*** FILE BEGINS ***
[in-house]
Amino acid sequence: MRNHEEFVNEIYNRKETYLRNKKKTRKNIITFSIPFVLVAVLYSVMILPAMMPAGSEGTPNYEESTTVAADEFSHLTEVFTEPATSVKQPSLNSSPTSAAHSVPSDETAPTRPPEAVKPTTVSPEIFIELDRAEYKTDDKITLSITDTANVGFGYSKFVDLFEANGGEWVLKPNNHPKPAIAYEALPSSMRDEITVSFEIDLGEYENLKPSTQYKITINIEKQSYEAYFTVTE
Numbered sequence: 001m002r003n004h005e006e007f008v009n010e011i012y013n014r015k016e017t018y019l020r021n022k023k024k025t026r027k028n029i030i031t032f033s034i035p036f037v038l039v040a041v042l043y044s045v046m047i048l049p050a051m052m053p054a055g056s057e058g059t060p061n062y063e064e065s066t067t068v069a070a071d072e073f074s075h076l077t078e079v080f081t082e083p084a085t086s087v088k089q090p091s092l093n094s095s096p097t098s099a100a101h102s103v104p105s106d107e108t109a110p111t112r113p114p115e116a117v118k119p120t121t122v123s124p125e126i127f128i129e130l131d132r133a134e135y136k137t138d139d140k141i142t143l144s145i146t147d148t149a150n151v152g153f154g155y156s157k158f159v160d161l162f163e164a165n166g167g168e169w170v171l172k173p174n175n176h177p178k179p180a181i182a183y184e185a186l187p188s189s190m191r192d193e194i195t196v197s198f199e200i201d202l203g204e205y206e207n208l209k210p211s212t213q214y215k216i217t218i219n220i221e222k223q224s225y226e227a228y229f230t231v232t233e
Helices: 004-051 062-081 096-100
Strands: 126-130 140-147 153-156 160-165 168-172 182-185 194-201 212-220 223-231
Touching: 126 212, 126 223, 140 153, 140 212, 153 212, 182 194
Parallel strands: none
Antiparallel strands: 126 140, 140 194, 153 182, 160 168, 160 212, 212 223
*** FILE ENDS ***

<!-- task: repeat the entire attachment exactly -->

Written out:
[in-house]
Amino acid sequence: MRNHEEFVNEIYNRKETYLRNKKKTRKNIITFSIPFVLVAVLYSVMILPAMMPAGSEGTPNYEESTTVAADEFSHLTEVFTEPATSVKQPSLNSSPTSAAHSVPSDETAPTRPPEAVKPTTVSPEIFIELDRAEYKTDDKITLSITDTANVGFGYSKFVDLFEANGGEWVLKPNNHPKPAIAYEALPSSMRDEITVSFEIDLGEYENLKPSTQYKITINIEKQSYEAYFTVTE
Numbered sequence: 001m002r003n004h005e006e007f008v009n010e011i012y013n014r015k016e017t018y019l020r021n022k023k024k025t026r027k028n029i030i031t032f033s034i035p036f037v038l039v040a041v042l043y044s045v046m047i048l049p050a051m052m053p054a055g056s057e058g059t060p061n062y063e064e065s066t067t068v069a070a071d072e073f074s075h076l077t078e079v080f081t082e083p084a085t086s087v088k089q090p091s092l093n094s095s096p097t098s099a100a101h102s103v104p105s106d107e108t109a110p111t112r113p114p115e116a117v118k119p120t121t122v123s124p125e126i127f128i129e130l131d132r133a134e135y136k137t138d139d140k141i142t143l144s145i146t147d148t149a150n151v152g153f154g155y156s157k158f159v160d161l162f163e164a165n166g167g168e169w170v171l172k173p174n175n176h177p178k179p180a181i182a183y184e185a186l187p188s189s190m191r192d193e194i195t196v197s198f199e200i201d202l203g204e205y206e207n208l209k210p211s212t213q214y215k216i217t218i219n220i221e222k223q224s225y226e227a228y229f230t231v232t233e
Helices: 004-051 062-081 096-100
Strands: 126-130 140-147 153-156 160-165 168-172 182-185 194-201 212-220 223-231
Touching: 126 212, 126 223, 140 153, 140 212, 153 212, 182 194
Parallel strands: none
Antiparallel strands: 126 140, 140 194, 153 182, 160 168, 160 212, 212 223